Two Minutes for Reading so Good

OFFSIDE fills in the ?gap’ in women’s hockey history

Two Minutes for Reading so Good

Greg Oliver


OFFSIDE fills in the ?gap’ in women’s hockey history

Posted October 09, 2019

Viewed 181 times

Offside

The writing of OFFSIDE - A Memoir - Challenges Faced by Women in Hockey was helped immeasurably by the fact that its subject, Rhonda Leeman Taylor, kept volumes of paperwork from her pioneering days as a mover and shaker in hockey.

Leeman Taylor’s contributions to women’s hockey, from organizing girls’ leagues across Ontario, working with the Ontario Women’s Hockey Association (OWHA), and as the first woman to sit on the board of directors of the Canadian Amateur Hockey Association (CAHA, now Hockey Canada), are undeniable, but would have been hard to quantify without the paperwork.

To work on her memoir, Leeman Taylor hired her great-niece, Denbeigh Whitmarsh, and the box of goodies became the key factor in many of the discussions. “The whole time I was doing hockey, I knew that it was groundbreaking,” said Leeman Taylor. “So I saved everything that I could, correspondence, things like that. I always wanted to write a book, but I’m not a great writer. I have the thought process, but I needed some help.”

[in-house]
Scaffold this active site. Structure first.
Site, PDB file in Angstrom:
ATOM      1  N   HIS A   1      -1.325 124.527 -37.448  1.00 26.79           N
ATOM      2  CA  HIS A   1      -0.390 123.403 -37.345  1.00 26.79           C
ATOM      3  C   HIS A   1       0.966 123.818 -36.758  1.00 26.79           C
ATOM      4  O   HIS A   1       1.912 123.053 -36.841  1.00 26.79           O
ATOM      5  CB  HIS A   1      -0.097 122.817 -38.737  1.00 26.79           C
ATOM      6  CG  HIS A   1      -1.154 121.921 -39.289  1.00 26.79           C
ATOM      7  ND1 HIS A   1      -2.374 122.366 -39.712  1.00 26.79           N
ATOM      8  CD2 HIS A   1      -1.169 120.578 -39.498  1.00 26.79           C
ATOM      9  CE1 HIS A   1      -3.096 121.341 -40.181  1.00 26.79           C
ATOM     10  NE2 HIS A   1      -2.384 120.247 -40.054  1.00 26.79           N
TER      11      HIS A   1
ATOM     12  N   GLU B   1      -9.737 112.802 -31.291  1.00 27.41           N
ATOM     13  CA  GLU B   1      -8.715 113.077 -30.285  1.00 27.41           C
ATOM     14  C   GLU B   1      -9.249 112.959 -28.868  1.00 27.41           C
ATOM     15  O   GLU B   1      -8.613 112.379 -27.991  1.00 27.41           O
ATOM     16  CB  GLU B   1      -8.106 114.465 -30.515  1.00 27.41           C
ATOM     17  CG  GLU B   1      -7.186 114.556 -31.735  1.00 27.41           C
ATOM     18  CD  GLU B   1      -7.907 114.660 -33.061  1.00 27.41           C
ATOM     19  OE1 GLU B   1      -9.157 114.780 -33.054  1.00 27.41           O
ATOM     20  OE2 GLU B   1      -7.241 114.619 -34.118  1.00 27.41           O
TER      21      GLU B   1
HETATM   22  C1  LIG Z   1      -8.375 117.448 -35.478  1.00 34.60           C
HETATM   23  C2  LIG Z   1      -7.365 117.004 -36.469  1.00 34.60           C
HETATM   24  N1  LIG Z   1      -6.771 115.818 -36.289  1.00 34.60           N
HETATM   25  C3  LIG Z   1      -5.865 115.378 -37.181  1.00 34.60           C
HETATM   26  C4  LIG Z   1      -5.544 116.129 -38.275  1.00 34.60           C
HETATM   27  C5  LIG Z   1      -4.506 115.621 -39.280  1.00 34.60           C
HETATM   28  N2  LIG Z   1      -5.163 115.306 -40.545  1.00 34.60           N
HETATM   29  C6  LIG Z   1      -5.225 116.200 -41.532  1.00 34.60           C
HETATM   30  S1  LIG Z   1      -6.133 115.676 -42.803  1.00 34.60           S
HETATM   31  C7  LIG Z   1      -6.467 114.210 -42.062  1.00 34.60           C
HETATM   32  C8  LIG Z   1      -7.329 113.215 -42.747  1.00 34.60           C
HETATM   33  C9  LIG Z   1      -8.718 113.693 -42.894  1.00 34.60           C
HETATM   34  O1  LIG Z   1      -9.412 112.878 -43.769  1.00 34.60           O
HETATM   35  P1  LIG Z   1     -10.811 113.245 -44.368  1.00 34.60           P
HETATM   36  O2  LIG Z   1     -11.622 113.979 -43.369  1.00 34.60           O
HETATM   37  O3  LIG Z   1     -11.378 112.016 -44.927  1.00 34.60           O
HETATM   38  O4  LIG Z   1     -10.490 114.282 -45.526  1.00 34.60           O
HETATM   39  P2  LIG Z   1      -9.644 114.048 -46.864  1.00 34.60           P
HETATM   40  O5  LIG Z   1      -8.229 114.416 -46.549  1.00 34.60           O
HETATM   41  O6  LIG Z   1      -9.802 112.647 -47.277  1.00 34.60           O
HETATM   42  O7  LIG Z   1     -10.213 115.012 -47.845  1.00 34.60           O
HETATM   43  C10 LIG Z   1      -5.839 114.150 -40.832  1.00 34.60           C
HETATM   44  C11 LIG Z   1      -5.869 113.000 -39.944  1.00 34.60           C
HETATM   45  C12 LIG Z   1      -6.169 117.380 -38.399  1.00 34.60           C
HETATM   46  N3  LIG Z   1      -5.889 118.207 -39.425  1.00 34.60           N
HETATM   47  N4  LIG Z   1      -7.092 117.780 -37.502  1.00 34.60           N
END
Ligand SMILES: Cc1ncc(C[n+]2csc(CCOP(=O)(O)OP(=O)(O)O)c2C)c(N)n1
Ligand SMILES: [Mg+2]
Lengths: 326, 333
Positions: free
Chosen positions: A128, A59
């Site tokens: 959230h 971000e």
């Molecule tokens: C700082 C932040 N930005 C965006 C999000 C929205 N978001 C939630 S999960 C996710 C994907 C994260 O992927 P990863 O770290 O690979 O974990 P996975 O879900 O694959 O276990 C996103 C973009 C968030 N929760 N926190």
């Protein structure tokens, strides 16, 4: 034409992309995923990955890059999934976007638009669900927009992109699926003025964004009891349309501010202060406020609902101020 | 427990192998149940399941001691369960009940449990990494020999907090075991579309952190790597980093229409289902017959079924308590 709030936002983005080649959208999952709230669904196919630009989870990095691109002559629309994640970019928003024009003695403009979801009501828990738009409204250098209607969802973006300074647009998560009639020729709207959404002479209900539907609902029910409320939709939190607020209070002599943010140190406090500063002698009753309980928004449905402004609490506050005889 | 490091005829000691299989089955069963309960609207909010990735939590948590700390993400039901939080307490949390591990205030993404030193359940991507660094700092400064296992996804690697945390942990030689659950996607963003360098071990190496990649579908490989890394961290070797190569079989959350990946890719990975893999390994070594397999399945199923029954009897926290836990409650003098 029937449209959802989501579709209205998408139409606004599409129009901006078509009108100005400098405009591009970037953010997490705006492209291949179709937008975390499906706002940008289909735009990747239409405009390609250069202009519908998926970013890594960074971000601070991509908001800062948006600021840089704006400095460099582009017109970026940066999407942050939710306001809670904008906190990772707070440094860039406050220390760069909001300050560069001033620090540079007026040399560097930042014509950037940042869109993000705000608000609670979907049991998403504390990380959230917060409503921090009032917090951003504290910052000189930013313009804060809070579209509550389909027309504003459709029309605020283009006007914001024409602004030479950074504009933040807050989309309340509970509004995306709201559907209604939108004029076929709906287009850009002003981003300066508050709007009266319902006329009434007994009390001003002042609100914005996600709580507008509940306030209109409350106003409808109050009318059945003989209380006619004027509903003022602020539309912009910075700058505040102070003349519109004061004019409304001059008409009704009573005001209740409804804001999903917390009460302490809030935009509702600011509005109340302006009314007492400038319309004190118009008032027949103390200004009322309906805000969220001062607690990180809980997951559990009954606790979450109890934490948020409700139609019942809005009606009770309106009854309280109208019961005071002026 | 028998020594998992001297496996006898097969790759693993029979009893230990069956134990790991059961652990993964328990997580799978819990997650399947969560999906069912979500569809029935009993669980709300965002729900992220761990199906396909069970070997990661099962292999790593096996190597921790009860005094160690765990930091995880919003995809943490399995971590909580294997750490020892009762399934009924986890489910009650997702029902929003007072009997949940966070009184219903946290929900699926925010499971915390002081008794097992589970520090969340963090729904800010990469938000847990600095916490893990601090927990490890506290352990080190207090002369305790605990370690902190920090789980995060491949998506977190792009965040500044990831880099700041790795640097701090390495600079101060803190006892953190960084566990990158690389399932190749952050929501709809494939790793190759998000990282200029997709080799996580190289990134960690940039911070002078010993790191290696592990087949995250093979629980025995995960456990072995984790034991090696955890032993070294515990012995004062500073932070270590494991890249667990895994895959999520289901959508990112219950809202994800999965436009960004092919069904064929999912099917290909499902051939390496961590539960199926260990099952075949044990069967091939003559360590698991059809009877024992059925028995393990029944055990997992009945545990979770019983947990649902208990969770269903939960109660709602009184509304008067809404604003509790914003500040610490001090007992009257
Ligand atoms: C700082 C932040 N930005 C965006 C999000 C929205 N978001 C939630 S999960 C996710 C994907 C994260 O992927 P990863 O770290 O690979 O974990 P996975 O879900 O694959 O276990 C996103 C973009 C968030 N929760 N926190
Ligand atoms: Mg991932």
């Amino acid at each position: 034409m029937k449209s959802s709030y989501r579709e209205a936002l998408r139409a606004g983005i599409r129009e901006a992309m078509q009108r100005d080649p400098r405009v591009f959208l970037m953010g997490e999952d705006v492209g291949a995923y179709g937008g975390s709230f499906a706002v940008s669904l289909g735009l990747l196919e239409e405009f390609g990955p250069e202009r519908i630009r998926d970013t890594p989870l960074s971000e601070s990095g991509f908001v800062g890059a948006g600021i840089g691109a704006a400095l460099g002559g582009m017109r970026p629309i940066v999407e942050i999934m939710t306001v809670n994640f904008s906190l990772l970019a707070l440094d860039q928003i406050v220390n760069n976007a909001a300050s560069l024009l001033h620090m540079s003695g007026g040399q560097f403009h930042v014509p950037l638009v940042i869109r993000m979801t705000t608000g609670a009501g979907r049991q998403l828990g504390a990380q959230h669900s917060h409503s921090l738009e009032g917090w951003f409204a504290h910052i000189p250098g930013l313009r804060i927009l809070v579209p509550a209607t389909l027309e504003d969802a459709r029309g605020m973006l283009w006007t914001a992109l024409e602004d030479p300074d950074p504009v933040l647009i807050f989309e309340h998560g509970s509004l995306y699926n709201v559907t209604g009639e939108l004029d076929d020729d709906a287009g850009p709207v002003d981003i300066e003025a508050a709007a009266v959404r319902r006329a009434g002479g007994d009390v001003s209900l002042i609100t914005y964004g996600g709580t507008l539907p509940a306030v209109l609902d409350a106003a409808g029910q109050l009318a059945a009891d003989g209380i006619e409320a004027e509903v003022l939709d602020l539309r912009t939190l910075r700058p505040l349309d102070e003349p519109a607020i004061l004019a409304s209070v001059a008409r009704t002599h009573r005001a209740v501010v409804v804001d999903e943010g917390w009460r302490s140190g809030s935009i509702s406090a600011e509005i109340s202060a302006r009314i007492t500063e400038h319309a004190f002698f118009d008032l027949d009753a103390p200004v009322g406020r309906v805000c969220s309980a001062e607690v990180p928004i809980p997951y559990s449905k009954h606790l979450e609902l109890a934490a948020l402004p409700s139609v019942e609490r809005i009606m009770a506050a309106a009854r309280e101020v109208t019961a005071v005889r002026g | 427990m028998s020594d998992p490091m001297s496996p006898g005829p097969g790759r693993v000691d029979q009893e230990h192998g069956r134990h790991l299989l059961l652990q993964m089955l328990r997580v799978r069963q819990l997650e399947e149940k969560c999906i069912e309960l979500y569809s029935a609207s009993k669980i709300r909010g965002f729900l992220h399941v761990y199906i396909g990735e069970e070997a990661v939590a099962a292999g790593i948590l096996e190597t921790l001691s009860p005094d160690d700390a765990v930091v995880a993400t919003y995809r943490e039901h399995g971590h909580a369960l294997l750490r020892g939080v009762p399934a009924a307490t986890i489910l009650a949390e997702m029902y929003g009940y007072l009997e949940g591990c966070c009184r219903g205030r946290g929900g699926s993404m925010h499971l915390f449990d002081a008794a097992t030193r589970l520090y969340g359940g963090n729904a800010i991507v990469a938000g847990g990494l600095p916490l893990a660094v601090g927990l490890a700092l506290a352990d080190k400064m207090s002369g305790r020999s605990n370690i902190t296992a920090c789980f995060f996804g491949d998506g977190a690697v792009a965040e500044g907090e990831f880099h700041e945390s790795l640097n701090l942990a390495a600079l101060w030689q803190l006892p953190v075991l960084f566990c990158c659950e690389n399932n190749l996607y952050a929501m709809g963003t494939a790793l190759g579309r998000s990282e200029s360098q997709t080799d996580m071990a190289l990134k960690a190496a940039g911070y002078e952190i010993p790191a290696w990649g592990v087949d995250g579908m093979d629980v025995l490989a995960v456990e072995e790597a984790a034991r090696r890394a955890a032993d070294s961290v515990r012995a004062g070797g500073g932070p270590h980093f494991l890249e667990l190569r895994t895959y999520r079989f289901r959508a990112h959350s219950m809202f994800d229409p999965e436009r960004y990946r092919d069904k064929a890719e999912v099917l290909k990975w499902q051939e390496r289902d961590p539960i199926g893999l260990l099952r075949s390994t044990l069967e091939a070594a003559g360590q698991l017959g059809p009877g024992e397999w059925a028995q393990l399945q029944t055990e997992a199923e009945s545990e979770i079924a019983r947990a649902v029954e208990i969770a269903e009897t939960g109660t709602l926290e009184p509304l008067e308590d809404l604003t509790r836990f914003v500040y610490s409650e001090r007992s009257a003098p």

The help was family. “She'd call and I’d go through the box of memorabilia, and she’d tell me all the information and all the stories,” recalled Whitmarsh.

The result is a self-published book, out October 5th, through Amazon, Kobo, Kindle, iBooks, or perhaps in a bookstore near you. They opted not to go with a regular publisher—there was some interest—simply because they wanted to get the book out this fall.

Currently a student at Montreal’s McGill University, studying French Literature, Whitmarsh found herself trying to grasp how different the times were, just back in the late 1970s into the 1990s.

“I kind of accepted what went on back then, because I had my goal, and I just accepted the obstacles and got my way around them or over them. But now, when I look back at it, I’m like, ?Oh my God, that wasn’t right,’” said Leeman Taylor. “Then I’m talking with Denbeigh, who’s next generation, and she’s saying, ?Oh my God, Auntie Rhonda, I can't believe that you tolerated that kind of mentality.’ It was so funny, because ... when Denbeigh was writing a couple of the chapters, you could almost see that she was pounding the keys through the keyboard out of the frustration that I probably felt at the time.”